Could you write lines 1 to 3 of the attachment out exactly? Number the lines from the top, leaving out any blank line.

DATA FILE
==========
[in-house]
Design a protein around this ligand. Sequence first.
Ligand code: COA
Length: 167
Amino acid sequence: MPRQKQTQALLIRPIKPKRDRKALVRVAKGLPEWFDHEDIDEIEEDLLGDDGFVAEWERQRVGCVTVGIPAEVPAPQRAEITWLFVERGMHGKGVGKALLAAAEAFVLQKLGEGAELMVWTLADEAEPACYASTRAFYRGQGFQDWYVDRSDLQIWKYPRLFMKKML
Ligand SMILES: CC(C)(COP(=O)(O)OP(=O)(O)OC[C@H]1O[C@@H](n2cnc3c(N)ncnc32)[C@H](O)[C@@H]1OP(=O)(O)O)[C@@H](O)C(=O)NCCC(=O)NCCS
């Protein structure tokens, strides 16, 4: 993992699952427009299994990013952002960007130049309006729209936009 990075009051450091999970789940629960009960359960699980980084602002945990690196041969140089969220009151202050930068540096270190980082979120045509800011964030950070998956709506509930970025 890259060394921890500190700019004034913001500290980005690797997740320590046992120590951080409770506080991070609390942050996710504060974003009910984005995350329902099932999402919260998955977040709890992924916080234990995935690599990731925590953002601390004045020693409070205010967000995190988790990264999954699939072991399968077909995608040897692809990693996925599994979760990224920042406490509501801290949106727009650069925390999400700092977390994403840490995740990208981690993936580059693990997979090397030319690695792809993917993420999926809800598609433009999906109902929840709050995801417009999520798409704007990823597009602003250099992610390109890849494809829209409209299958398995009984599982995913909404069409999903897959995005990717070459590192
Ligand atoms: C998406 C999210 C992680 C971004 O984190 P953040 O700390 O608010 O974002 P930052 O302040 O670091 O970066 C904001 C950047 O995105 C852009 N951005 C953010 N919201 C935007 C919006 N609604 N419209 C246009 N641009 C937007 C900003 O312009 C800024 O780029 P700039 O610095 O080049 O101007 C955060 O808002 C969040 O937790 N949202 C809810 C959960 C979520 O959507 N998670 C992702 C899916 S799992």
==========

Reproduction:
[in-house]
Design a protein around this ligand. Sequence first.
Ligand code: COA